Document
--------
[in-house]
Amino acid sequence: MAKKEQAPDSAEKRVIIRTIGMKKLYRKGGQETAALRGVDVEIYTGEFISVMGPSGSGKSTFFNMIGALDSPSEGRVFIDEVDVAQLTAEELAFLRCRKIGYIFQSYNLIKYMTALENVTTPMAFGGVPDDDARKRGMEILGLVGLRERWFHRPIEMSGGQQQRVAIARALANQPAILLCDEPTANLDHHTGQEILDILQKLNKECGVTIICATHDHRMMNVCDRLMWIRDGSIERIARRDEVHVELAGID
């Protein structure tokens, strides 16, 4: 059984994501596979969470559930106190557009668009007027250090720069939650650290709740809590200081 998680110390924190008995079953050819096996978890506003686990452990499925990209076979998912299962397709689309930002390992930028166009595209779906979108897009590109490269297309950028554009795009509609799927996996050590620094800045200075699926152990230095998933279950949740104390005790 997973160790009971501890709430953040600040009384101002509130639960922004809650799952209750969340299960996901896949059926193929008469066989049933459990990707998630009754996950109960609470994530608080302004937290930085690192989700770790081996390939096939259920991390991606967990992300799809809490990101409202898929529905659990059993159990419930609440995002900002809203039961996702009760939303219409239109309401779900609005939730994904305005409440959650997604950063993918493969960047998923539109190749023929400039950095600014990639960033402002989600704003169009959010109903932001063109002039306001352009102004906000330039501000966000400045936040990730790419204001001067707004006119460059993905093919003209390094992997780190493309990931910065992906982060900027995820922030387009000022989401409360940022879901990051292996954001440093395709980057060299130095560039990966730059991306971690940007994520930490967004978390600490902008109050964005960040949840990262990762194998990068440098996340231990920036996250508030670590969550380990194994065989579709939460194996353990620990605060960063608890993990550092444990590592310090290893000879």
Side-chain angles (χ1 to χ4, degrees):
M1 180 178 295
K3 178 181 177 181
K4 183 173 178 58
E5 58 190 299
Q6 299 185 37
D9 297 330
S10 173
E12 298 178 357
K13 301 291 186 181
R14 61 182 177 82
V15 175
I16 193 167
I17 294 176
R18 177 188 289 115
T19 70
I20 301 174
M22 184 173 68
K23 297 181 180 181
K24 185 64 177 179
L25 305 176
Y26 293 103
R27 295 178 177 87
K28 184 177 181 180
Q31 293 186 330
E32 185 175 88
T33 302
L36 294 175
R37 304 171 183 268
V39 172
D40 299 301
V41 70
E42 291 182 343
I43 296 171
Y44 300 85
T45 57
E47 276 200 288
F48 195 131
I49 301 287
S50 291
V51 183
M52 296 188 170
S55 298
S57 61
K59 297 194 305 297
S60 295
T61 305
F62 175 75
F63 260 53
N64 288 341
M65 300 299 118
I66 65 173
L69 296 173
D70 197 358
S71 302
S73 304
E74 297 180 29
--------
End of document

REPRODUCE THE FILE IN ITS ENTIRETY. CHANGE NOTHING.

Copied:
[in-house]
Amino acid sequence: MAKKEQAPDSAEKRVIIRTIGMKKLYRKGGQETAALRGVDVEIYTGEFISVMGPSGSGKSTFFNMIGALDSPSEGRVFIDEVDVAQLTAEELAFLRCRKIGYIFQSYNLIKYMTALENVTTPMAFGGVPDDDARKRGMEILGLVGLRERWFHRPIEMSGGQQQRVAIARALANQPAILLCDEPTANLDHHTGQEILDILQKLNKECGVTIICATHDHRMMNVCDRLMWIRDGSIERIARRDEVHVELAGID
């Protein structure tokens, strides 16, 4: 059984994501596979969470559930106190557009668009007027250090720069939650650290709740809590200081 998680110390924190008995079953050819096996978890506003686990452990499925990209076979998912299962397709689309930002390992930028166009595209779906979108897009590109490269297309950028554009795009509609799927996996050590620094800045200075699926152990230095998933279950949740104390005790 997973160790009971501890709430953040600040009384101002509130639960922004809650799952209750969340299960996901896949059926193929008469066989049933459990990707998630009754996950109960609470994530608080302004937290930085690192989700770790081996390939096939259920991390991606967990992300799809809490990101409202898929529905659990059993159990419930609440995002900002809203039961996702009760939303219409239109309401779900609005939730994904305005409440959650997604950063993918493969960047998923539109190749023929400039950095600014990639960033402002989600704003169009959010109903932001063109002039306001352009102004906000330039501000966000400045936040990730790419204001001067707004006119460059993905093919003209390094992997780190493309990931910065992906982060900027995820922030387009000022989401409360940022879901990051292996954001440093395709980057060299130095560039990966730059991306971690940007994520930490967004978390600490902008109050964005960040949840990262990762194998990068440098996340231990920036996250508030670590969550380990194994065989579709939460194996353990620990605060960063608890993990550092444990590592310090290893000879």
Side-chain angles (χ1 to χ4, degrees):
M1 180 178 295
K3 178 181 177 181
K4 183 173 178 58
E5 58 190 299
Q6 299 185 37
D9 297 330
S10 173
E12 298 178 357
K13 301 291 186 181
R14 61 182 177 82
V15 175
I16 193 167
I17 294 176
R18 177 188 289 115
T19 70
I20 301 174
M22 184 173 68
K23 297 181 180 181
K24 185 64 177 179
L25 305 176
Y26 293 103
R27 295 178 177 87
K28 184 177 181 180
Q31 293 186 330
E32 185 175 88
T33 302
L36 294 175
R37 304 171 183 268
V39 172
D40 299 301
V41 70
E42 291 182 343
I43 296 171
Y44 300 85
T45 57
E47 276 200 288
F48 195 131
I49 301 287
S50 291
V51 183
M52 296 188 170
S55 298
S57 61
K59 297 194 305 297
S60 295
T61 305
F62 175 75
F63 260 53
N64 288 341
M65 300 299 118
I66 65 173
L69 296 173
D70 197 358
S71 302
S73 304
E74 297 180 29